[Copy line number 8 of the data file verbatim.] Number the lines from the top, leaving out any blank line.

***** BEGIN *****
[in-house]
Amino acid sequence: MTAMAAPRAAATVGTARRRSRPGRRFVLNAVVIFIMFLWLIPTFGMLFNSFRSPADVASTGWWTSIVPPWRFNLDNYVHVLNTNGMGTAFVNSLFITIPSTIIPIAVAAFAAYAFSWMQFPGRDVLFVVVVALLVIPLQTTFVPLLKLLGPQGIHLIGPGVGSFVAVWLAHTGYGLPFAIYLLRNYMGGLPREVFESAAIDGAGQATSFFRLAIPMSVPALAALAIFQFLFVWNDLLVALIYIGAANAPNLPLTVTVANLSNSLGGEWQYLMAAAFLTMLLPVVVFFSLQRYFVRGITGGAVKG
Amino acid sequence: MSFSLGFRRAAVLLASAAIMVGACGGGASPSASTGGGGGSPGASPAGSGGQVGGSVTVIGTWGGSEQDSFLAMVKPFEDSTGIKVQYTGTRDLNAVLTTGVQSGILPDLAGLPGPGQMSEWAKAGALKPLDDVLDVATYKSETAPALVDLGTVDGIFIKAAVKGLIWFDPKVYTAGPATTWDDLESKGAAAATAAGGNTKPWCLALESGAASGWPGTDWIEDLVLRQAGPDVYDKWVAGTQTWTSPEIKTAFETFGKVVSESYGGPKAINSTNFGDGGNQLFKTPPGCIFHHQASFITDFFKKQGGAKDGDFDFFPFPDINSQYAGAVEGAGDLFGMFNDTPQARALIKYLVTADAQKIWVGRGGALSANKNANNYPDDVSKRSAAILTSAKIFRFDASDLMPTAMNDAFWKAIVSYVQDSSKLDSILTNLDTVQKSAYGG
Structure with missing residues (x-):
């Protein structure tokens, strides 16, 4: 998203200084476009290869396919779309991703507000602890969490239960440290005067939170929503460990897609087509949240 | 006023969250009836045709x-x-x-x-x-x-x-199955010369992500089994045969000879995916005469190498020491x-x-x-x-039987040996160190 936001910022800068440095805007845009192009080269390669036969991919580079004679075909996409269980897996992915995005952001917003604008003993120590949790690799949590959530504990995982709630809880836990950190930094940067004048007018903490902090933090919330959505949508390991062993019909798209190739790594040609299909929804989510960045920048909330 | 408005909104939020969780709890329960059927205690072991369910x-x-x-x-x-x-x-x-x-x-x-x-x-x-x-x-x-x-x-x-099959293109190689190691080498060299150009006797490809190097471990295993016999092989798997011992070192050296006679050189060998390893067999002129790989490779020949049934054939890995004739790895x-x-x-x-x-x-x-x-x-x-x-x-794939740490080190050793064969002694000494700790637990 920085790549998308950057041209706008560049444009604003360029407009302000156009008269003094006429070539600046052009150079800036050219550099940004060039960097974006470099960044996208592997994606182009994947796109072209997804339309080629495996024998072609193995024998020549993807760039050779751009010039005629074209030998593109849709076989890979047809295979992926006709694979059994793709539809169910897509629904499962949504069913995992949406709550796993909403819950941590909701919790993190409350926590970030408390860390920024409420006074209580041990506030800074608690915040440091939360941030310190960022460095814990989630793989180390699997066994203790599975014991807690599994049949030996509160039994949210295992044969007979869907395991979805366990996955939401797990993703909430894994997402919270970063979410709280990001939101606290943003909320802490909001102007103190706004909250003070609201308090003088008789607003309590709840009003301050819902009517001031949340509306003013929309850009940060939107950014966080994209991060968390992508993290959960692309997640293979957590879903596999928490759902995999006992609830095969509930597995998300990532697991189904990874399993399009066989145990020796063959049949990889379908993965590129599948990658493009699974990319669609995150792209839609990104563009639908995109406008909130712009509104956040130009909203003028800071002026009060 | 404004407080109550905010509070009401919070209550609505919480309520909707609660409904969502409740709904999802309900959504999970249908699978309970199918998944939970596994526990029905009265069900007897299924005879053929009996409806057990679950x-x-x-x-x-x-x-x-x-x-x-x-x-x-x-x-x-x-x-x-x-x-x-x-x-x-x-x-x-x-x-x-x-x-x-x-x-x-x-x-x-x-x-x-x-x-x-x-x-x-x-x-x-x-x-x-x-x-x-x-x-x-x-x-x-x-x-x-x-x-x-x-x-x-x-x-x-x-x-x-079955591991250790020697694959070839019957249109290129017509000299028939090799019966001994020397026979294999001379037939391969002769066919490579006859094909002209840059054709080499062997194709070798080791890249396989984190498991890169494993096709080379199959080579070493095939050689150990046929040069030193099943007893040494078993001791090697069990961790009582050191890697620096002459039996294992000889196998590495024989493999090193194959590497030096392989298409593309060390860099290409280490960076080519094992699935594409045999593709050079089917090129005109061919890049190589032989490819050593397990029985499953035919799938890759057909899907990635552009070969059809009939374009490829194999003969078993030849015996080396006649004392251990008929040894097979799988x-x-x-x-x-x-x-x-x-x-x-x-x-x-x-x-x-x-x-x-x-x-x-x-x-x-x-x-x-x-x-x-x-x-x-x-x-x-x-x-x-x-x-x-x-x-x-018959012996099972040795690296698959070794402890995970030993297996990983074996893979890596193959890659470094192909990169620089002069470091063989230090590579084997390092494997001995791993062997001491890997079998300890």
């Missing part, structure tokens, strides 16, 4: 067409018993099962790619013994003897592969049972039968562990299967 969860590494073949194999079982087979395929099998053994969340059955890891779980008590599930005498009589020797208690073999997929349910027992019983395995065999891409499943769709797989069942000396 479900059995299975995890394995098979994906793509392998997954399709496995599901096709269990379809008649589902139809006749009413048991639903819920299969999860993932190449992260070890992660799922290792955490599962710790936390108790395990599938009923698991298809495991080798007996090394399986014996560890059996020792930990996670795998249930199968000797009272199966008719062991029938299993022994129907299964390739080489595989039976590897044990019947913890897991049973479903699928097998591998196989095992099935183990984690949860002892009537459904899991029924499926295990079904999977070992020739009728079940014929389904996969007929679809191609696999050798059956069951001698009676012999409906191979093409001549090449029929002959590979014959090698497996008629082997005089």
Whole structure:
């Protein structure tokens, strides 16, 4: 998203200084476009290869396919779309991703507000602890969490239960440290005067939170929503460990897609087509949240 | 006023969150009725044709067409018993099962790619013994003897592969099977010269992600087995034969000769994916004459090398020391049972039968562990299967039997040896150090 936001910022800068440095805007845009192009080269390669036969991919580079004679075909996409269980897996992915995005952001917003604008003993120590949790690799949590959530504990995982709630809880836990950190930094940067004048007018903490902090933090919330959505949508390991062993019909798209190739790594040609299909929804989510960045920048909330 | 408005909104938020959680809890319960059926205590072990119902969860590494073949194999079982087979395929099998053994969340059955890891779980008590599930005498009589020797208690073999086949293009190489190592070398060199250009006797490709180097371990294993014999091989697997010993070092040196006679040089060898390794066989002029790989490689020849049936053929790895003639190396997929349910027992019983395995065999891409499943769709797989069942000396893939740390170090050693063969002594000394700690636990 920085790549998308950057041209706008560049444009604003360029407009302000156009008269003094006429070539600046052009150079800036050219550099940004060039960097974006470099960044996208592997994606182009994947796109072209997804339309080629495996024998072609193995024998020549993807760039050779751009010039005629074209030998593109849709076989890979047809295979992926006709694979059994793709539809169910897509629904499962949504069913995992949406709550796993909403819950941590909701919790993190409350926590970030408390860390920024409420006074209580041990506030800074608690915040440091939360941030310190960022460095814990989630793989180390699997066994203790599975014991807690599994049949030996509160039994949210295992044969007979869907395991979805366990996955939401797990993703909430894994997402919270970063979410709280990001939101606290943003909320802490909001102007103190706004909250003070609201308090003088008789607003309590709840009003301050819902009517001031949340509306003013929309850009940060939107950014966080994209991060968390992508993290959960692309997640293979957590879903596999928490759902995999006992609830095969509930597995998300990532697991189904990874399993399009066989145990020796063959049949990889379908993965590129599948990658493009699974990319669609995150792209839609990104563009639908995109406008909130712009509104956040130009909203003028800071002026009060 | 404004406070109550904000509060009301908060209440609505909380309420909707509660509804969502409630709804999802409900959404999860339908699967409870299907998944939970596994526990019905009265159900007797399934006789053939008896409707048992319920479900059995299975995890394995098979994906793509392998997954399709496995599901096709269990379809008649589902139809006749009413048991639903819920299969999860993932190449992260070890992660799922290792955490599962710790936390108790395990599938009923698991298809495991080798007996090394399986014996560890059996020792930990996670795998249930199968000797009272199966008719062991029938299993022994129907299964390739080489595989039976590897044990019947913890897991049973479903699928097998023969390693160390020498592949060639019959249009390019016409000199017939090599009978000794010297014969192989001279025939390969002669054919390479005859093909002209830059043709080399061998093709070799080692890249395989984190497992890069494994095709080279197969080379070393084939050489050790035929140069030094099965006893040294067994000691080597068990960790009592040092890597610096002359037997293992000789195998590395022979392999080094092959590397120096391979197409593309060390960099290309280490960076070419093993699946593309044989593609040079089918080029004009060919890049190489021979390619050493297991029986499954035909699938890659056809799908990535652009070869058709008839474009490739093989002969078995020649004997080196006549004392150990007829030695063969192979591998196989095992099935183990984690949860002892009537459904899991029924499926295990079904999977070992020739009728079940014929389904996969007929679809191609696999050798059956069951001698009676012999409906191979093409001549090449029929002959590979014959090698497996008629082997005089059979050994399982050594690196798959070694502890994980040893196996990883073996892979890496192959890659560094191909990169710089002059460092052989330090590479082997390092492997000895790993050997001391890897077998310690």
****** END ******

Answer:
């Protein structure tokens, strides 16, 4: 998203200084476009290869396919779309991703507000602890969490239960440290005067939170929503460990897609087509949240 | 006023969150009725044709067409018993099962790619013994003897592969099977010269992600087995034969000769994916004459090398020391049972039968562990299967039997040896150090 936001910022800068440095805007845009192009080269390669036969991919580079004679075909996409269980897996992915995005952001917003604008003993120590949790690799949590959530504990995982709630809880836990950190930094940067004048007018903490902090933090919330959505949508390991062993019909798209190739790594040609299909929804989510960045920048909330 | 408005909104938020959680809890319960059926205590072990119902969860590494073949194999079982087979395929099998053994969340059955890891779980008590599930005498009589020797208690073999086949293009190489190592070398060199250009006797490709180097371990294993014999091989697997010993070092040196006679040089060898390794066989002029790989490689020849049936053929790895003639190396997929349910027992019983395995065999891409499943769709797989069942000396893939740390170090050693063969002594000394700690636990 920085790549998308950057041209706008560049444009604003360029407009302000156009008269003094006429070539600046052009150079800036050219550099940004060039960097974006470099960044996208592997994606182009994947796109072209997804339309080629495996024998072609193995024998020549993807760039050779751009010039005629074209030998593109849709076989890979047809295979992926006709694979059994793709539809169910897509629904499962949504069913995992949406709550796993909403819950941590909701919790993190409350926590970030408390860390920024409420006074209580041990506030800074608690915040440091939360941030310190960022460095814990989630793989180390699997066994203790599975014991807690599994049949030996509160039994949210295992044969007979869907395991979805366990996955939401797990993703909430894994997402919270970063979410709280990001939101606290943003909320802490909001102007103190706004909250003070609201308090003088008789607003309590709840009003301050819902009517001031949340509306003013929309850009940060939107950014966080994209991060968390992508993290959960692309997640293979957590879903596999928490759902995999006992609830095969509930597995998300990532697991189904990874399993399009066989145990020796063959049949990889379908993965590129599948990658493009699974990319669609995150792209839609990104563009639908995109406008909130712009509104956040130009909203003028800071002026009060 | 404004406070109550904000509060009301908060209440609505909380309420909707509660509804969502409630709804999802409900959404999860339908699967409870299907998944939970596994526990019905009265159900007797399934006789053939008896409707048992319920479900059995299975995890394995098979994906793509392998997954399709496995599901096709269990379809008649589902139809006749009413048991639903819920299969999860993932190449992260070890992660799922290792955490599962710790936390108790395990599938009923698991298809495991080798007996090394399986014996560890059996020792930990996670795998249930199968000797009272199966008719062991029938299993022994129907299964390739080489595989039976590897044990019947913890897991049973479903699928097998023969390693160390020498592949060639019959249009390019016409000199017939090599009978000794010297014969192989001279025939390969002669054919390479005859093909002209830059043709080399061998093709070799080692890249395989984190497992890069494994095709080279197969080379070393084939050489050790035929140069030094099965006893040294067994000691080597068990960790009592040092890597610096002359037997293992000789195998590395022979392999080094092959590397120096391979197409593309060390960099290309280490960076070419093993699946593309044989593609040079089918080029004009060919890049190489021979390619050493297991029986499954035909699938890659056809799908990535652009070869058709008839474009490739093989002969078995020649004997080196006549004392150990007829030695063969192979591998196989095992099935183990984690949860002892009537459904899991029924499926295990079904999977070992020739009728079940014929389904996969007929679809191609696999050798059956069951001698009676012999409906191979093409001549090449029929002959590979014959090698497996008629082997005089059979050994399982050594690196798959070694502890994980040893196996990883073996892979890496192959890659560094191909990169710089002059460092052989330090590479082997390092492997000895790993050997001391890897077998310690």